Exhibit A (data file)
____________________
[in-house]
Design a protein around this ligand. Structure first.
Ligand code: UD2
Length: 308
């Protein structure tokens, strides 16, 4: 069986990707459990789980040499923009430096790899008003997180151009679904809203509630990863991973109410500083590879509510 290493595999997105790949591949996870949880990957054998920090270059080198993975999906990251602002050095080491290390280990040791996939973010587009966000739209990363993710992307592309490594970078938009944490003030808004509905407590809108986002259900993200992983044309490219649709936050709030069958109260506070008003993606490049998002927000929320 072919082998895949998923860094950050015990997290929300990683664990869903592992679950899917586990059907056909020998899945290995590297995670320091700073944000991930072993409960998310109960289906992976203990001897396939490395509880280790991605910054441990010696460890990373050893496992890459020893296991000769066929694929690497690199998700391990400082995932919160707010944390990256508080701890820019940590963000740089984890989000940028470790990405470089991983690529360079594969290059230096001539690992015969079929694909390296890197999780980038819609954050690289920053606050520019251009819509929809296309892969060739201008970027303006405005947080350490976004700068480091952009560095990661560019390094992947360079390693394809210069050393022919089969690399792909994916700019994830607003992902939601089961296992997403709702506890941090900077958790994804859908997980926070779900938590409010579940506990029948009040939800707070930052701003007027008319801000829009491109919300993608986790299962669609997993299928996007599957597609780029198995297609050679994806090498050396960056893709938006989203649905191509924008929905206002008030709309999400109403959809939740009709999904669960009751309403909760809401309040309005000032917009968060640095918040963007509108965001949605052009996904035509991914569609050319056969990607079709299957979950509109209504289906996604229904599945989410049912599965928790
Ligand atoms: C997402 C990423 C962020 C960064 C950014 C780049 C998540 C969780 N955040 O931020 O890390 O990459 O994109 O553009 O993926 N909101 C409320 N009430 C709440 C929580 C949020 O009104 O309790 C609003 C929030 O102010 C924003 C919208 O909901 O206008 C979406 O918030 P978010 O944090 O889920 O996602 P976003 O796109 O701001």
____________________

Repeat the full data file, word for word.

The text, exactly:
[in-house]
Design a protein around this ligand. Structure first.
Ligand code: UD2
Length: 308
């Protein structure tokens, strides 16, 4: 069986990707459990789980040499923009430096790899008003997180151009679904809203509630990863991973109410500083590879509510 290493595999997105790949591949996870949880990957054998920090270059080198993975999906990251602002050095080491290390280990040791996939973010587009966000739209990363993710992307592309490594970078938009944490003030808004509905407590809108986002259900993200992983044309490219649709936050709030069958109260506070008003993606490049998002927000929320 072919082998895949998923860094950050015990997290929300990683664990869903592992679950899917586990059907056909020998899945290995590297995670320091700073944000991930072993409960998310109960289906992976203990001897396939490395509880280790991605910054441990010696460890990373050893496992890459020893296991000769066929694929690497690199998700391990400082995932919160707010944390990256508080701890820019940590963000740089984890989000940028470790990405470089991983690529360079594969290059230096001539690992015969079929694909390296890197999780980038819609954050690289920053606050520019251009819509929809296309892969060739201008970027303006405005947080350490976004700068480091952009560095990661560019390094992947360079390693394809210069050393022919089969690399792909994916700019994830607003992902939601089961296992997403709702506890941090900077958790994804859908997980926070779900938590409010579940506990029948009040939800707070930052701003007027008319801000829009491109919300993608986790299962669609997993299928996007599957597609780029198995297609050679994806090498050396960056893709938006989203649905191509924008929905206002008030709309999400109403959809939740009709999904669960009751309403909760809401309040309005000032917009968060640095918040963007509108965001949605052009996904035509991914569609050319056969990607079709299957979950509109209504289906996604229904599945989410049912599965928790
Ligand atoms: C997402 C990423 C962020 C960064 C950014 C780049 C998540 C969780 N955040 O931020 O890390 O990459 O994109 O553009 O993926 N909101 C409320 N009430 C709440 C929580 C949020 O009104 O309790 C609003 C929030 O102010 C924003 C919208 O909901 O206008 C979406 O918030 P978010 O944090 O889920 O996602 P976003 O796109 O701001």